Memphis – WREG) — Memphis officers and hundreds of young people put it all on the table hoping to end youth violence and prevent police brutality. “I seen what happened to Mike Brown and people like that, and I don’t want that to be me. I don’t want that to be nobody that I know,” Christopher said. The 11th-grader grew up fearing the men and women wearing police badges. “That fear still instills within me, and I just can’t — I just been trying to learn how to cope with it,” Christopher explained. Christopher’s family and neighborhood taught him police officers discriminate and abuse their power. However, a workshop on

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Spider Turley Descends to Cut Ribbon For BRIDGES

Posted by BRIDGES Web Team on Jun 23, 2015

(Memphis – memphismagazine.com) — On Monday afternoon, June 22, as the temperature pushed up past 90 degrees and dark clouds and warm winds promised a rain that would never come, a small group of dignitaries and stakeholders gathered at the corner of A.W. Willis Avenue and North Fourth Street for a ribbon cutting. The dedication of the new outdoor rock-climbing wall on the western face of the iconic BRIDGES building promised pomp and circumstance and maybe just a bit of peril. Not just anyone’s peril either, but that of real estate developer and philanthropist Henry Turley. He and his wife Lynne, who donated the funds to make the wall possible, would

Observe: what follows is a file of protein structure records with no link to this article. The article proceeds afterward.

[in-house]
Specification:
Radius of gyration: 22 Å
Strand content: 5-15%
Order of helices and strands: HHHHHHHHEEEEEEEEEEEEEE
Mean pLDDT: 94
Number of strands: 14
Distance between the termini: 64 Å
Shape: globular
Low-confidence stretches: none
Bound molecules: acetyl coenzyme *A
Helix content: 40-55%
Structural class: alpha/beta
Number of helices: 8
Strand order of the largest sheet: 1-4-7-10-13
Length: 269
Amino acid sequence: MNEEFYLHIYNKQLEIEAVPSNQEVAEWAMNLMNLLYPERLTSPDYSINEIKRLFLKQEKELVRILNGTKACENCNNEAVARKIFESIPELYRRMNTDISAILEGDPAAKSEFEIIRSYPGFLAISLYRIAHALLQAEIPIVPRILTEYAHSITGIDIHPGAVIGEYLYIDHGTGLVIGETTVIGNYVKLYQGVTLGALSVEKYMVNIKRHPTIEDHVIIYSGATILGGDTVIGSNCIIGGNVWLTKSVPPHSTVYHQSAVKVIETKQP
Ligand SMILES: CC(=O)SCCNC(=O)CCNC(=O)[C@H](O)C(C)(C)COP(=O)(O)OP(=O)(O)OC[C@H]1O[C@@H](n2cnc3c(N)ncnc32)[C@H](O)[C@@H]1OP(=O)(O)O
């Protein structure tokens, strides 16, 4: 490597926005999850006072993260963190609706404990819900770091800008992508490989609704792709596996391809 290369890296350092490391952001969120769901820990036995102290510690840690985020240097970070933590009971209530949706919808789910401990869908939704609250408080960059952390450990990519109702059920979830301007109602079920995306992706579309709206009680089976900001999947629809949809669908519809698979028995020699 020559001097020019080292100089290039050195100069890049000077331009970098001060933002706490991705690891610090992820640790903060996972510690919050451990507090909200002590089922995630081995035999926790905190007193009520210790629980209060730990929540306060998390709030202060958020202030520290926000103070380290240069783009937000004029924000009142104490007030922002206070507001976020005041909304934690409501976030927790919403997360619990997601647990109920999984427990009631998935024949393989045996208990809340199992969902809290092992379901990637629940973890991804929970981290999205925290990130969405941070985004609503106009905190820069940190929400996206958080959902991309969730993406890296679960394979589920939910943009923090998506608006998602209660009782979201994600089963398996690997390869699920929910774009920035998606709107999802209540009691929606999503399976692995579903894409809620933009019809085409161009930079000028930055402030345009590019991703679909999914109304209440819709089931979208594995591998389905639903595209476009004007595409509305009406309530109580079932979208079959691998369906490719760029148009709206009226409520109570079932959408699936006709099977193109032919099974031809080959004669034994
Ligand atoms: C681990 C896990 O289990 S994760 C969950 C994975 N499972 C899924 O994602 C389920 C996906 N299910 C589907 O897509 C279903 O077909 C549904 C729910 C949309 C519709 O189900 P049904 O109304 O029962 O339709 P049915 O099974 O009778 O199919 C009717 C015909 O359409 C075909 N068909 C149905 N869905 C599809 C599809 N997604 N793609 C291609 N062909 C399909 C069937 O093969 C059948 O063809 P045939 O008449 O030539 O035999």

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BRIDGES lands $50,000 grant from national organization

Posted by Bridges Web Team on May 12, 2015

By Sara K. Clarke May 11, 2015 Memphis non-profit Bridges has received a $50,000 grant from the Hearst Foundation, Inc. of New York. Bridges serves more than 5,000 students each year through programs that aim to develop diverse leaders in grades 7-12 who are committed to community transformation. “To be the recipient of this grant is historic for our organization,” said Cynthia Ham, president and CEO of Bridges. “Recognition of this type from such a well respected national foundation is greatly appreciated and it furthers our ability to continue the transformative work we are doing everyday to build youth leaders for the Greater Memphis community.”

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Students Work to Change School to Prison Pipeline

Posted by BRIDGES Web Team on Mar 18, 2015

(Memphis – Commercial Appeal) — Students in Memphis said young people going from high school to jail is too often the reality in their neighborhoods. On Tuesday, more than one dozen students at BRIDGES discussed putting together a plan to keep kids out of prison. “They identified this as an issue in their community that they want to address,” Mahal Burr, the BRIDGES community action coordinator, said. Organizers call it the school to prison pipeline. “Instead of pulling our students into the educational system, it is pushing them out into the prison system,” Montez Reed said. Mid-South students worked to figure out how to create change and stop the cycle